Toby Johnson
21 January 2015

Socialement-responsable.org – a database for socially responsible public procurement

There are nearly 4,000 work integration social enterprises (WISEs) of various types in France, which both produce goods and services themselves, and provide staff for other enterprises. They earn the majority of their revenues from sales, but state subsidies are also available to those that register officially. However public support is being reduced, and so increasing sales is a priority.

In parallel, the French government promotes socially responsible public procurement, in order to bring the power of public and private purchasing to bear on the problem of social integration. It encourages public authorities to include social clauses in their procurement contracts, so as to set a good example.

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It wished to make it easier for public procurement officials to find social enterprises which might bid for contracts, and so in 2008 four government bodies asked AVISE (www.avise.org), the national promotional organisation for social enterprises, to establish a website to do this.

The socialement-responsable.org website was thus created to provide a national directory of WISEs. The directory contains basic listings for some 4,800 structures d’insertion par l’activité économique (SIAE), and the social enterprises can add more detailed entries themselves.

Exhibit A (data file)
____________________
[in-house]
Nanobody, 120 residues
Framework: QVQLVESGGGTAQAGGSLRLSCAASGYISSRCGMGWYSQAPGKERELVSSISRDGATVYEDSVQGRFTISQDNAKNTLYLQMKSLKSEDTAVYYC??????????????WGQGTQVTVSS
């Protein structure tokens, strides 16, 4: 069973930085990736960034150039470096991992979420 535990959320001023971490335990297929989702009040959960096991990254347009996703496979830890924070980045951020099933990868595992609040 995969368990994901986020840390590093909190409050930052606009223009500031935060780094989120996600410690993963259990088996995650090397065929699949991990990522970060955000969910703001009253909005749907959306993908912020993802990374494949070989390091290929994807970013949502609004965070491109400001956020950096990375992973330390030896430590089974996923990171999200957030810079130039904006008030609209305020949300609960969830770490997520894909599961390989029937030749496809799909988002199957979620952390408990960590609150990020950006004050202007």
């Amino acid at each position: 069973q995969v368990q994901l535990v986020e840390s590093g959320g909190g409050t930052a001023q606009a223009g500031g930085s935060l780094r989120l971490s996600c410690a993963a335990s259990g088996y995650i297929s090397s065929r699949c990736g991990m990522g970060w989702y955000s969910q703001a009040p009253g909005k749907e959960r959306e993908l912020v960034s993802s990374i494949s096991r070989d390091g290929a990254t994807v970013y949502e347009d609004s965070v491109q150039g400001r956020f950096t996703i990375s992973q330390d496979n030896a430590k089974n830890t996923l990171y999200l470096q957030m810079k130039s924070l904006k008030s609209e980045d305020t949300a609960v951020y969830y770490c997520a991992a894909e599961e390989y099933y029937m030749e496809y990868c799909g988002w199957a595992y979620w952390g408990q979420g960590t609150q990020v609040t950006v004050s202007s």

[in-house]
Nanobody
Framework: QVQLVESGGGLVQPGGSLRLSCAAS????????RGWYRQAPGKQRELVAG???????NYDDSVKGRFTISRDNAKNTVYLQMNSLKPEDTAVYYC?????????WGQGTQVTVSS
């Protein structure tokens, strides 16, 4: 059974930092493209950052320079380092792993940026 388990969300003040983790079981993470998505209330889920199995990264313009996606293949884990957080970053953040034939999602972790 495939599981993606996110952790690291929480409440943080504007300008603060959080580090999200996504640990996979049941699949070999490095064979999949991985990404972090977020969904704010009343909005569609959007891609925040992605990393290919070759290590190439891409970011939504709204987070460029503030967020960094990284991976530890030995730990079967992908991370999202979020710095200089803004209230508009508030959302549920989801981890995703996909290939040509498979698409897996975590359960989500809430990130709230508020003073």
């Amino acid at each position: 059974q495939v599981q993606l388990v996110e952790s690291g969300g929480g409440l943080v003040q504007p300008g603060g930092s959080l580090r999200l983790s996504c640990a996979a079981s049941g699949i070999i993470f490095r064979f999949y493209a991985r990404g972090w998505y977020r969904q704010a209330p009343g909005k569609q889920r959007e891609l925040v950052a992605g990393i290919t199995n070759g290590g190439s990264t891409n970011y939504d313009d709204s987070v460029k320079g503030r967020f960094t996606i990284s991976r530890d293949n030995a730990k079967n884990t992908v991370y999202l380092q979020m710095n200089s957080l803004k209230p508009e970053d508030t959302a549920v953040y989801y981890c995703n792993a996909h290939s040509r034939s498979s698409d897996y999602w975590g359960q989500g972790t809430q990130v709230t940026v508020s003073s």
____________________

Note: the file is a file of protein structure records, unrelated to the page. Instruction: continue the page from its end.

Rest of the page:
The site serves both public and private purchasers by providing guidance on how to go about socially responsible public procurement, and publicises good practices. It publishes a monthly electronic newsletter which reaches 2,500 subscribers. For WISEs, the avise.org website fulfils a networking function by publishing editorial content from the federal bodies in the sector and stimulating skills development.

In the 2011-13 period AVISE issued a call for proposals for ESF support to encourage the development of socially responsible procurement at a regional level, which has led to the creation or consolidation of 11 regional websites which coordinate their actions by organising biannual workshops. The national website was also extended to include socially responsible private enterprises.

Lessons of public procurement databases

  • In a climate of decreasing public subsidy, work integration social enterprises need to become more professional in marketing and delivering their services, and to be more visible to potential customers;
  • The evidence shows that a website providing an online directory of work integration social enterprises, together with guidance on how to include social clauses in procurement tenders, can increase both the number of social clauses and the share of procurement going to WISEs. Owing largely to changes in practice at local level, the share of public contracts valued at over €90,000 which include a social clause quadrupled from 1.5% in 2008 to 6.1% in 2013;
  • The scale of the website should suit the target market: national websites work well for large-scale purchasing organisations, while regional sites are better at engaging regional stakeholders;
  • Financial sustainability can be assisted by developing services for public and private purchases, such as training, tools and tailored advice;
  • Such websites work best where social enterprises are defined by law, where they have the maturity to take on larger contracts, and where legislation encouraging socially responsible public procurement boosts demand;
  • A procurement website can be a basis for peer networking among social enterprises.

 

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